As Industry Minister Jim Prentice prepared to introduce copyright legislation earlier this year, the Conservatives unveiled a new policy that committed to a 21 day House of Commons review period of any treaty prior to the introduction of any ratifying legislation. I argued that this would seemingly apply to the WIPO Internet treaties and that the government was committed to conducting a review before tabling copyright legislation.
The Conservatives have still not tabled the WIPO Internet treaties, yet it has just completed the first treaty review process. To their credit, it went precisely as promised:
- On February 14, 2008, Minister of International Trade David Emerson tabled the trade agreement between Canada and the European Free Trade Association in the House of Commons.
- On April 10, 2008, the Standing Committee on International Trade presented its report on the treaty, noting that "this is the first agreement to be tabled in the House of Commons under the federal government's new policy of allowing members of Parliament the opportunity to review and debate international treaties in the House of Commons for 21 days."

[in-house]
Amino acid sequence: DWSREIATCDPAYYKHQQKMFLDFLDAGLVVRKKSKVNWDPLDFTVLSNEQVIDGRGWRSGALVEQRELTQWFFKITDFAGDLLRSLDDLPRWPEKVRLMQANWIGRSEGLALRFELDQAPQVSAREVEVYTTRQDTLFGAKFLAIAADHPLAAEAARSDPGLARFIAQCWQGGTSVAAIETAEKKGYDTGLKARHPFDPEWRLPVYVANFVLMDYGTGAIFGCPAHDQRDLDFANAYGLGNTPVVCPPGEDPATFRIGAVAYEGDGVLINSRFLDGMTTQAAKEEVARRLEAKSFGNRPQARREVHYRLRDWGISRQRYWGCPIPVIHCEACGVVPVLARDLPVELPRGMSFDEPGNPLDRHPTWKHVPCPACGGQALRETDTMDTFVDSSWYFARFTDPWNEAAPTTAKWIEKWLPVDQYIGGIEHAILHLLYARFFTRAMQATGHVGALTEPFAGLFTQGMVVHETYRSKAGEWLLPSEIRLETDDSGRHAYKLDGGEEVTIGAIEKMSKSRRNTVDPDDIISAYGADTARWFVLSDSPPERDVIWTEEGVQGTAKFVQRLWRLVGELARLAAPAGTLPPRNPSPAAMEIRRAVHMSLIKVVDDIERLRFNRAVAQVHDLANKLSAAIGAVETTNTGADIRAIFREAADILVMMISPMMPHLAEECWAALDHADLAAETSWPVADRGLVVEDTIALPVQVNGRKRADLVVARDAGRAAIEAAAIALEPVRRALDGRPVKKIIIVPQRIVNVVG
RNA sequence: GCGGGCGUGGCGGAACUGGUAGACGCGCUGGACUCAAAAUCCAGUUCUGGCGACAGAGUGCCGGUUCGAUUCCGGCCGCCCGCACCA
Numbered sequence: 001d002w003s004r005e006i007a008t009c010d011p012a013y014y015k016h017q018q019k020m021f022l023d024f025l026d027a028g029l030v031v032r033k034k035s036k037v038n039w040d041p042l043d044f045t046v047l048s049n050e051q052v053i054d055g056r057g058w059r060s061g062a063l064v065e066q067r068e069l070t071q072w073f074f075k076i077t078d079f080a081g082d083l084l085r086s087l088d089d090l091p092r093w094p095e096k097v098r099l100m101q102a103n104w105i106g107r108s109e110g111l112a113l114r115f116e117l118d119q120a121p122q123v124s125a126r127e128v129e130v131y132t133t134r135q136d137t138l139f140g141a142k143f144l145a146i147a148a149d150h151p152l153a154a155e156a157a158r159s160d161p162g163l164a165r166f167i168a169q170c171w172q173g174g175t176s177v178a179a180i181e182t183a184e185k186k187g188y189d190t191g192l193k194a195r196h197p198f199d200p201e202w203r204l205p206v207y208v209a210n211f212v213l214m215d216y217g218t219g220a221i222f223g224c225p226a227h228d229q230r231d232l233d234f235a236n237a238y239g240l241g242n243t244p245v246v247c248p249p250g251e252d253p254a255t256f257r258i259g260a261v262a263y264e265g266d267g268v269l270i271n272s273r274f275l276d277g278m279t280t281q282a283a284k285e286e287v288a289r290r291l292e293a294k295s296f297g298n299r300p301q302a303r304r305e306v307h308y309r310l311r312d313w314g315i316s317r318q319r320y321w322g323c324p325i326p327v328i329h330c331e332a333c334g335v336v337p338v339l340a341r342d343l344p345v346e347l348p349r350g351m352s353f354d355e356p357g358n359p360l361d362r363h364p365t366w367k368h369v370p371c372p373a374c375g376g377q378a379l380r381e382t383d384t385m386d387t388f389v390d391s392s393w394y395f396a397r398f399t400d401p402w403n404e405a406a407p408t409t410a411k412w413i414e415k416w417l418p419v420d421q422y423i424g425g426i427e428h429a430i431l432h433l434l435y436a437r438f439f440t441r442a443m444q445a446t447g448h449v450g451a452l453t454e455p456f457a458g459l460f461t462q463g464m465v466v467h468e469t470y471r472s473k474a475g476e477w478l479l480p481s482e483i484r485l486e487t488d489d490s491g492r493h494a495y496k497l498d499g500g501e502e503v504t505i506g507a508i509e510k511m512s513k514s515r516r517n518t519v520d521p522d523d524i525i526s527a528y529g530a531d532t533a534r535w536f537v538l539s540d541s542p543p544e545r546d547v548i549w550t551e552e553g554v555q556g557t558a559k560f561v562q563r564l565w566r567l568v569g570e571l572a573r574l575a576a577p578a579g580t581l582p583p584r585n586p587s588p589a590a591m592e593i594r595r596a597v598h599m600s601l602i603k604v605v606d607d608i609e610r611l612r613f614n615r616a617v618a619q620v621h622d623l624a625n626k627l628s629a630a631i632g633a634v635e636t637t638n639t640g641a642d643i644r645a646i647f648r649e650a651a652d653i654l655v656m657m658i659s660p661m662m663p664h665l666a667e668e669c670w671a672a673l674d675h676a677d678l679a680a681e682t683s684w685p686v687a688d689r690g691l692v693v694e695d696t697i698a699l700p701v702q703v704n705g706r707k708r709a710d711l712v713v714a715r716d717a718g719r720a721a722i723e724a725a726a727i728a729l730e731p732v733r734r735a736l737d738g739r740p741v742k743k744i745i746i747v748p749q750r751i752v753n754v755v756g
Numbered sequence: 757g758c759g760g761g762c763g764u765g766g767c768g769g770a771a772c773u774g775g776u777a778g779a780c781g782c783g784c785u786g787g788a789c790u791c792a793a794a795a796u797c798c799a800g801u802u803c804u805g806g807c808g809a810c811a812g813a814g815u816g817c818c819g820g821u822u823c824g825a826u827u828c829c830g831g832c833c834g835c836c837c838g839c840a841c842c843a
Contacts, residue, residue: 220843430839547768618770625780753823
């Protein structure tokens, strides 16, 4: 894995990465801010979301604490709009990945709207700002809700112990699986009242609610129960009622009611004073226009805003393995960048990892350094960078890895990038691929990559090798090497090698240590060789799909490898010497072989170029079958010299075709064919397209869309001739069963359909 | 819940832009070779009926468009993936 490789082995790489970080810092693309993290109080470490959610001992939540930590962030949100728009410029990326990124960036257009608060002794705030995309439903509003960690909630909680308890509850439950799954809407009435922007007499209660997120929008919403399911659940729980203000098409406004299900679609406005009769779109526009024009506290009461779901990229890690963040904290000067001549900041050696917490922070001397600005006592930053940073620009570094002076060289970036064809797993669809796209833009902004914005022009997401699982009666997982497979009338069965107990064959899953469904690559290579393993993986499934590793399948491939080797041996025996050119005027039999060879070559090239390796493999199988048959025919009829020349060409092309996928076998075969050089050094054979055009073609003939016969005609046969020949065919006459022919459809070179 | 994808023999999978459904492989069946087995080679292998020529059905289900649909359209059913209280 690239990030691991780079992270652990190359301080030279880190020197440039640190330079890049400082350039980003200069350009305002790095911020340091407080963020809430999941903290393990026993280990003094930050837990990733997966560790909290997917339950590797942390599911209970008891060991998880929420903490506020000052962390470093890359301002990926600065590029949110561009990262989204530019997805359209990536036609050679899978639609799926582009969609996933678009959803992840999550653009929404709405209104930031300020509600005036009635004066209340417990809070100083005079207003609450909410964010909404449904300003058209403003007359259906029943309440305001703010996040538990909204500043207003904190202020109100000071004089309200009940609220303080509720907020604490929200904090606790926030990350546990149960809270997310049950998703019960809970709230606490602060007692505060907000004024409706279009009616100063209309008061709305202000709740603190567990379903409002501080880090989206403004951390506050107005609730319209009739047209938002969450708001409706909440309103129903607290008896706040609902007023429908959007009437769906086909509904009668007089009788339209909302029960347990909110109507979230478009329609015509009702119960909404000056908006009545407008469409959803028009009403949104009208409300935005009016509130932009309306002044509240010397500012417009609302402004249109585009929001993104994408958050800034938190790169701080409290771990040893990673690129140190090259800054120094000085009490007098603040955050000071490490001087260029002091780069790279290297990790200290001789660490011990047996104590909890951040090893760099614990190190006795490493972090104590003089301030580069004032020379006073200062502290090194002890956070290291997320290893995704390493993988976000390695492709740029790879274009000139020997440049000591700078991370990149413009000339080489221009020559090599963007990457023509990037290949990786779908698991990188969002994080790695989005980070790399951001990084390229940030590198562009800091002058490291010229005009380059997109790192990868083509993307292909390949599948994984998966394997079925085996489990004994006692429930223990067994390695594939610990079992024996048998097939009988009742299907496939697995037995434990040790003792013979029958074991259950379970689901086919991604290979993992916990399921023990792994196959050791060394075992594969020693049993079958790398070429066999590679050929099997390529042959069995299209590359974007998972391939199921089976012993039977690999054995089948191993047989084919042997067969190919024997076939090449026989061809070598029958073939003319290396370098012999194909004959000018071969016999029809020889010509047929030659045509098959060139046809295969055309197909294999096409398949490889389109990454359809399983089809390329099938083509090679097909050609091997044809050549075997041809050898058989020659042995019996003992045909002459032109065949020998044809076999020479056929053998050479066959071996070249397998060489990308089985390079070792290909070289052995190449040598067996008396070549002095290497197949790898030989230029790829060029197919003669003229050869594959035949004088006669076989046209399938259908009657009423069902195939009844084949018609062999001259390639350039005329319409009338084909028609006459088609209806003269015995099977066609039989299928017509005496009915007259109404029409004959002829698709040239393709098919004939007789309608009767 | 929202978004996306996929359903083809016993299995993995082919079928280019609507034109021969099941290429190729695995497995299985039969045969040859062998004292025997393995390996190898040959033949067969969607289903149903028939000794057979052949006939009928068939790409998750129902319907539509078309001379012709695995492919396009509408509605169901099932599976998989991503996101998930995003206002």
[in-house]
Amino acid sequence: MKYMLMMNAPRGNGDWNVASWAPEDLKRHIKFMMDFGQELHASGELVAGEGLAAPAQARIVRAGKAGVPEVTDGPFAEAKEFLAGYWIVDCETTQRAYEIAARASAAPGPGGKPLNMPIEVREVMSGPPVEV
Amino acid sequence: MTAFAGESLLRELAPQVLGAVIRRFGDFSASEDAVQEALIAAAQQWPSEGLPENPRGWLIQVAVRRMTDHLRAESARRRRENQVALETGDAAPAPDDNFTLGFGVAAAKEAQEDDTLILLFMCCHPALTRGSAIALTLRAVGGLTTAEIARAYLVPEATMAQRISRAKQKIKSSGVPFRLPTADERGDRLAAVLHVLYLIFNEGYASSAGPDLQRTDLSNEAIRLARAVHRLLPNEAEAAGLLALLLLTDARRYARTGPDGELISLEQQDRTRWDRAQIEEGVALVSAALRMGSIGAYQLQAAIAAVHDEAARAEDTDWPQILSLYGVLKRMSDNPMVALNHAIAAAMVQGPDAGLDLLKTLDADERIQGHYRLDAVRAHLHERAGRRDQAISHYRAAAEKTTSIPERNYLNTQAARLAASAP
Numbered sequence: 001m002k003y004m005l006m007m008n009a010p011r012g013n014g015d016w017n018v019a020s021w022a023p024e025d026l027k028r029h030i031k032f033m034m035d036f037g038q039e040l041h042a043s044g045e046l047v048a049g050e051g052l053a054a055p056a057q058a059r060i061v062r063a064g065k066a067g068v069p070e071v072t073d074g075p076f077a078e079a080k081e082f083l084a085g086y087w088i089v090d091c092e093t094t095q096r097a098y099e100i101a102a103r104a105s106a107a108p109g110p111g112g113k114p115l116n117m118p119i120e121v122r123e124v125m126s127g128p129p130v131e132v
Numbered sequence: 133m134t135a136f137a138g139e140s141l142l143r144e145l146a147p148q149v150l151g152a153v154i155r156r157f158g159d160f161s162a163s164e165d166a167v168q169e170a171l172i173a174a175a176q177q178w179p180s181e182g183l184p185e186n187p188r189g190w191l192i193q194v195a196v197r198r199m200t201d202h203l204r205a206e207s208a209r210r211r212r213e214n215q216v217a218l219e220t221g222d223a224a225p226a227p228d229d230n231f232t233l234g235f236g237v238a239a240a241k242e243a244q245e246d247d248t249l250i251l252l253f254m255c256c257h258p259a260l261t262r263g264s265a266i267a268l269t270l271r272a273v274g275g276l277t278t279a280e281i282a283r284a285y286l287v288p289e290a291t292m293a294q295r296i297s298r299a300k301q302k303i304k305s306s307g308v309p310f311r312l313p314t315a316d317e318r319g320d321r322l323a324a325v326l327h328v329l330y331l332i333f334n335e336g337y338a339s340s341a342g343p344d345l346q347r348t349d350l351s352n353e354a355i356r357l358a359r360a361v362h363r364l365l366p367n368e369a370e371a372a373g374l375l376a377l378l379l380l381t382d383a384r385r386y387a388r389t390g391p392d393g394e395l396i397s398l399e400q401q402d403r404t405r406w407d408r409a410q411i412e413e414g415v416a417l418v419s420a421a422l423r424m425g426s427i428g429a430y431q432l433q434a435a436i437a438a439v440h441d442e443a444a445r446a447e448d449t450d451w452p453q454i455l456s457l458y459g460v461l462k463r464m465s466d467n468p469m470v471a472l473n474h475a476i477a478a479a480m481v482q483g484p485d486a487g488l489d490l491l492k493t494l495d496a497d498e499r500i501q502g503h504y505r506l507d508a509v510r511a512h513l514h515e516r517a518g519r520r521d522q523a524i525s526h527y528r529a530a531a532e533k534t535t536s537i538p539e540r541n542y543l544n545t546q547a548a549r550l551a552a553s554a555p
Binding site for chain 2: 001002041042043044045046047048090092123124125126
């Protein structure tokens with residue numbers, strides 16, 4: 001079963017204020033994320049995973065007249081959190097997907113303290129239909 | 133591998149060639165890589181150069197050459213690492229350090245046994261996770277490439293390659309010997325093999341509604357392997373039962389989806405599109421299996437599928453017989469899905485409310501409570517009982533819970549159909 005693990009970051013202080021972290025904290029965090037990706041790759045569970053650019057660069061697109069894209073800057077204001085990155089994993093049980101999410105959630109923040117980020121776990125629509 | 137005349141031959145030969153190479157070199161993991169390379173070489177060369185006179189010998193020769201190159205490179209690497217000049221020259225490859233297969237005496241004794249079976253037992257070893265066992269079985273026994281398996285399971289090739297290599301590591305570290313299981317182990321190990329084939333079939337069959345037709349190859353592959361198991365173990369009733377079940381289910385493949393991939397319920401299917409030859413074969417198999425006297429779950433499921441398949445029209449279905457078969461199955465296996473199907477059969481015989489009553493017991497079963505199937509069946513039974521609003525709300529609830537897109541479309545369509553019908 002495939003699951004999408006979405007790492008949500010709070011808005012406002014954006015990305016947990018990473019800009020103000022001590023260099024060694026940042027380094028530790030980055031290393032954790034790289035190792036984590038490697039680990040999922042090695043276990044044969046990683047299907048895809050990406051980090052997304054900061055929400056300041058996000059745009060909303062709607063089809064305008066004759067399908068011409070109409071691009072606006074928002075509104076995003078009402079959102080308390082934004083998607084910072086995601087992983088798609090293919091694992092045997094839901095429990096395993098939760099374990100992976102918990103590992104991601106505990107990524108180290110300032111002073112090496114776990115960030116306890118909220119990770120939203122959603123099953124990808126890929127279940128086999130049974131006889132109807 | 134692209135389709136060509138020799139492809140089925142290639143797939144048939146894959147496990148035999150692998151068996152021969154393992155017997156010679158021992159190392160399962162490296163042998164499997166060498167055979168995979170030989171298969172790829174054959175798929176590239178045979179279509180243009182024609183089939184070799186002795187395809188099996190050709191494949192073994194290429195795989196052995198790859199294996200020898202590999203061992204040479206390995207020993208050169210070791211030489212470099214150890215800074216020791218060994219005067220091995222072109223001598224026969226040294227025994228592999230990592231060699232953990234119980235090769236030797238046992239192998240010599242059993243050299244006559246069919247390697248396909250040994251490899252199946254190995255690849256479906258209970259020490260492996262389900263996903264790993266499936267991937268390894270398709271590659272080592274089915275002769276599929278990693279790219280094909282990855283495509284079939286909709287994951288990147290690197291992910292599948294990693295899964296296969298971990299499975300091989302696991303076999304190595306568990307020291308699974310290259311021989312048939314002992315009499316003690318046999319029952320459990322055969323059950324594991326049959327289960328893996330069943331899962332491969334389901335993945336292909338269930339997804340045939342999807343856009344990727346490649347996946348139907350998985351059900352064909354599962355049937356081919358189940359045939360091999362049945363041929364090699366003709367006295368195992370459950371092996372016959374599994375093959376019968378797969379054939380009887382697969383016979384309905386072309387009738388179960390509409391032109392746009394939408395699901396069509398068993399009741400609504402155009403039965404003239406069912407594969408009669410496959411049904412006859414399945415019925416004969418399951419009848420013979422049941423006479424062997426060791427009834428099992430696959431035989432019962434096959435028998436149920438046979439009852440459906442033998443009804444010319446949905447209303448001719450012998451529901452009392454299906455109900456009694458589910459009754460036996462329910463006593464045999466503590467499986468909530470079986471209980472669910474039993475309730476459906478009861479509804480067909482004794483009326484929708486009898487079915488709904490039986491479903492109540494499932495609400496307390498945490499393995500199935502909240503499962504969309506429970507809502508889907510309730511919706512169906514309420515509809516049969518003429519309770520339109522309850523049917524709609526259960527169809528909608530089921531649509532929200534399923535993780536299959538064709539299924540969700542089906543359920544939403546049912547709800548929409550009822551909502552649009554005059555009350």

- Today, May 5, 2008, Emerson tabled Bill C-55, the implementing legislation for the treaty. A press release on the treaty again notes that "the Canada-EFTA Free Trade Agreement was the first treaty to be tabled in the House of Commons for 21 sitting days, in accordance with the new policy for tabling treaties before their ratification."
Note the order – table the treaty, wait at least 21 sitting days, then introduce the implementing legislation. The government is sticking by its policy and must surely do so for copyright as well. That means that the House of Commons should get at least 21 sitting days to review the WIPO Internet treaties before the government introduces its copyright reform bill designed to implement the treaties.